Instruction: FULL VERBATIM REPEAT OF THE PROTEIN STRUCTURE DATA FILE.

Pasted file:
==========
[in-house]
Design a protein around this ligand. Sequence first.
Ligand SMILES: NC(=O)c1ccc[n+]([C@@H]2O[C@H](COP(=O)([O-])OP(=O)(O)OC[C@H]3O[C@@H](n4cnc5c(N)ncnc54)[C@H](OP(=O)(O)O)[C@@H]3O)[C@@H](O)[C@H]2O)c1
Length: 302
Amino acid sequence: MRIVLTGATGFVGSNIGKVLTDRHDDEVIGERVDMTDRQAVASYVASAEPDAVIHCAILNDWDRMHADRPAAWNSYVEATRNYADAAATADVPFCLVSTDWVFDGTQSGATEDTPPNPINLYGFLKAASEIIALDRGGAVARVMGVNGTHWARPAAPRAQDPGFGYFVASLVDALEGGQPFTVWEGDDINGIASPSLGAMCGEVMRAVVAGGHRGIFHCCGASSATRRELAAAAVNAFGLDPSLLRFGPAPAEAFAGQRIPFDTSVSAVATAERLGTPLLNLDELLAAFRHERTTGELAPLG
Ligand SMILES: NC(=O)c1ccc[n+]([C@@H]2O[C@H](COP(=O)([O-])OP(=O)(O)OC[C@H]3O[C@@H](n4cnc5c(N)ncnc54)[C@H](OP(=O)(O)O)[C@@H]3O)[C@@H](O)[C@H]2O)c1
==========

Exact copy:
[in-house]
Design a protein around this ligand. Sequence first.
Ligand SMILES: NC(=O)c1ccc[n+]([C@@H]2O[C@H](COP(=O)([O-])OP(=O)(O)OC[C@H]3O[C@@H](n4cnc5c(N)ncnc54)[C@H](OP(=O)(O)O)[C@@H]3O)[C@@H](O)[C@H]2O)c1
Length: 302
Amino acid sequence: MRIVLTGATGFVGSNIGKVLTDRHDDEVIGERVDMTDRQAVASYVASAEPDAVIHCAILNDWDRMHADRPAAWNSYVEATRNYADAAATADVPFCLVSTDWVFDGTQSGATEDTPPNPINLYGFLKAASEIIALDRGGAVARVMGVNGTHWARPAAPRAQDPGFGYFVASLVDALEGGQPFTVWEGDDINGIASPSLGAMCGEVMRAVVAGGHRGIFHCCGASSATRRELAAAAVNAFGLDPSLLRFGPAPAEAFAGQRIPFDTSVSAVATAERLGTPLLNLDELLAAFRHERTTGELAPLG
Ligand SMILES: NC(=O)c1ccc[n+]([C@@H]2O[C@H](COP(=O)([O-])OP(=O)(O)OC[C@H]3O[C@@H](n4cnc5c(N)ncnc54)[C@H](OP(=O)(O)O)[C@@H]3O)[C@@H](O)[C@H]2O)c1